In Diffie-Hellman and DSS key exchanges, a brand new cipher key is created for each session. This makes sense in applications like IPSec where a secure network communication link is established pretty much on an ad hoc basis. But what if you want to retain the key for later use, such as digital signatures? You need a way to transport the key securely and, just as importantly, you want to make sure that the key comes from an authorized issuer and has not been tampered with along the way.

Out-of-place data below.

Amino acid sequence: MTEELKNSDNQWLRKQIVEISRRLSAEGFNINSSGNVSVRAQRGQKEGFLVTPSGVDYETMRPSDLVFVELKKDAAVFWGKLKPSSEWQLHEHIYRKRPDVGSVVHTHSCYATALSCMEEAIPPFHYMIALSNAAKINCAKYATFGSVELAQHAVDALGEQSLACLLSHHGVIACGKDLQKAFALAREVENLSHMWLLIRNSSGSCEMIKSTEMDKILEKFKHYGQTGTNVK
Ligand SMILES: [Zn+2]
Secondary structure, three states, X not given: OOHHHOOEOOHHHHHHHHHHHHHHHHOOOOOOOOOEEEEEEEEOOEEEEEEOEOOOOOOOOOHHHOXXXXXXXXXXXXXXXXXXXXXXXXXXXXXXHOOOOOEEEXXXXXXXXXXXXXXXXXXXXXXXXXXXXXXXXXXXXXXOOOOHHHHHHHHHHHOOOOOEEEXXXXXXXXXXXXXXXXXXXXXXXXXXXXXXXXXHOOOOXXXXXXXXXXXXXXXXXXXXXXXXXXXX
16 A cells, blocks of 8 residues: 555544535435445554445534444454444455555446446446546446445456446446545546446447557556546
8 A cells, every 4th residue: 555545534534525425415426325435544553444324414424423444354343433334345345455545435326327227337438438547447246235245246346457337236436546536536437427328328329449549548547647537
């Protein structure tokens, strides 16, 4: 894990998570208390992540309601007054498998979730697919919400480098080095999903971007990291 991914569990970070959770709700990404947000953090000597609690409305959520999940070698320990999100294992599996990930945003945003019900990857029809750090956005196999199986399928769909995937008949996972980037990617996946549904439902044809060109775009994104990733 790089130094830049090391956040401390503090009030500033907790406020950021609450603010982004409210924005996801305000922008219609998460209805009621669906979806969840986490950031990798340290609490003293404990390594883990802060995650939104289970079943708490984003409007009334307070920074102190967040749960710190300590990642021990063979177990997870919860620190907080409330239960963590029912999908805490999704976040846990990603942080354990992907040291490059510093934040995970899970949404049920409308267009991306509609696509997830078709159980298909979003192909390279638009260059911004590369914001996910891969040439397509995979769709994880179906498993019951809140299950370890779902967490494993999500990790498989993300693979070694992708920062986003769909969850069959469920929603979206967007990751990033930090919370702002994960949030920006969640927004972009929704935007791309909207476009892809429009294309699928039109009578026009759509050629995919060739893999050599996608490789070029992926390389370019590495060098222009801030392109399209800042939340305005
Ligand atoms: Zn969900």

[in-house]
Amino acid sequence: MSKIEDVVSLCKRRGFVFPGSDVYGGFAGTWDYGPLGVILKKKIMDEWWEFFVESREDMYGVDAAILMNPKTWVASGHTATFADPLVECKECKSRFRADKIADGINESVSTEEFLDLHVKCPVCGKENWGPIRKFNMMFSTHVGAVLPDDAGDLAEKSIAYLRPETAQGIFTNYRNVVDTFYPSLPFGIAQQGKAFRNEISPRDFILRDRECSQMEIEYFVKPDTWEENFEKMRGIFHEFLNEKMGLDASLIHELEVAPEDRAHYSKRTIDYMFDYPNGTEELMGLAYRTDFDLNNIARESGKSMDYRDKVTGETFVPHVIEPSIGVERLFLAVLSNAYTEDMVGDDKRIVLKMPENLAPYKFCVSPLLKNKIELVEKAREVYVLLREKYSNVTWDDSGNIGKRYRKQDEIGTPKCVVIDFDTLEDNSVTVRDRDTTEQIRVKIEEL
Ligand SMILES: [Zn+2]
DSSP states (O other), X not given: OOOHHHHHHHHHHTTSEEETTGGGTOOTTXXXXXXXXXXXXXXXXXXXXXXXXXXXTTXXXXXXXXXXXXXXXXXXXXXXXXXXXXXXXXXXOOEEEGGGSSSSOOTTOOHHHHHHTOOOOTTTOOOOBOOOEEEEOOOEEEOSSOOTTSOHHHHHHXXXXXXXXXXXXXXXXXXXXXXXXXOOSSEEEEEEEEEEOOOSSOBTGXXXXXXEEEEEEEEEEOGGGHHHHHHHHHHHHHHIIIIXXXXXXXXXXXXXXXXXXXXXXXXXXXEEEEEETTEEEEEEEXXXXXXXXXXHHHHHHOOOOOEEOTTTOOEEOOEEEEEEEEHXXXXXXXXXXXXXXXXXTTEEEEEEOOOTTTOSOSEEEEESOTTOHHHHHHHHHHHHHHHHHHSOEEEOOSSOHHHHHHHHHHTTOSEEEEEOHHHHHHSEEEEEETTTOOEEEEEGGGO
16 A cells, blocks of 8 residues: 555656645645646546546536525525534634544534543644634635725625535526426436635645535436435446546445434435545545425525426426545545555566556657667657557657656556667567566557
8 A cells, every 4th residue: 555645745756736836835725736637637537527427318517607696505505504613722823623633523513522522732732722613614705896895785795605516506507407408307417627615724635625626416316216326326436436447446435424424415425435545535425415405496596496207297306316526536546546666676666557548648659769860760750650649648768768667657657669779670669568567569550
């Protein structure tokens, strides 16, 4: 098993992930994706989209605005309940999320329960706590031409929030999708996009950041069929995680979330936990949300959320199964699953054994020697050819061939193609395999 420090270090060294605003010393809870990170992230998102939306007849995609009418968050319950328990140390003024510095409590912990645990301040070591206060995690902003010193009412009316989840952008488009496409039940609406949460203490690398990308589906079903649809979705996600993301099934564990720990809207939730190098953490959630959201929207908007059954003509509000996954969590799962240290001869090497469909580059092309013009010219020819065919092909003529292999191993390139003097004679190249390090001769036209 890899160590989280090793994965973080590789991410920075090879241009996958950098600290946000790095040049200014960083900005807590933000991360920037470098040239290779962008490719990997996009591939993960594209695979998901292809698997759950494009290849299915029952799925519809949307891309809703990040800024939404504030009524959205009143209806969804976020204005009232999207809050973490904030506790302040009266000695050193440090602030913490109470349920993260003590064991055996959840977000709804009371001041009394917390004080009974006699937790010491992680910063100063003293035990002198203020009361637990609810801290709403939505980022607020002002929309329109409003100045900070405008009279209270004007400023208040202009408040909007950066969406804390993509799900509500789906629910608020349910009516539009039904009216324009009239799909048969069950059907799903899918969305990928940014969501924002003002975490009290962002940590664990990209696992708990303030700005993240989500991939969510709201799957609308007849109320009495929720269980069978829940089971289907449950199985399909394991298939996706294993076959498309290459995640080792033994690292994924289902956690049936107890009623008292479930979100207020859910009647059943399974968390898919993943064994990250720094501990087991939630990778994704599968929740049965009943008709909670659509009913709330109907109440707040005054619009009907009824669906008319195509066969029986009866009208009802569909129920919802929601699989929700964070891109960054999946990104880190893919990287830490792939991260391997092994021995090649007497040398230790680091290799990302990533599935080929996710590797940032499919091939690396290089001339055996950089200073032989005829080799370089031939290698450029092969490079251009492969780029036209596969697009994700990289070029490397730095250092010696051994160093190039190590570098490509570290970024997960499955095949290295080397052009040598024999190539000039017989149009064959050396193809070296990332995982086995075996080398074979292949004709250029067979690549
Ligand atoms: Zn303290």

The data structure used to transport and validate keys is called a certificate. A certificate acts as a strongbox that protects the key while guaranteeing the identity of the issuer, the identity of the owner, and the purposes for which the key can ...

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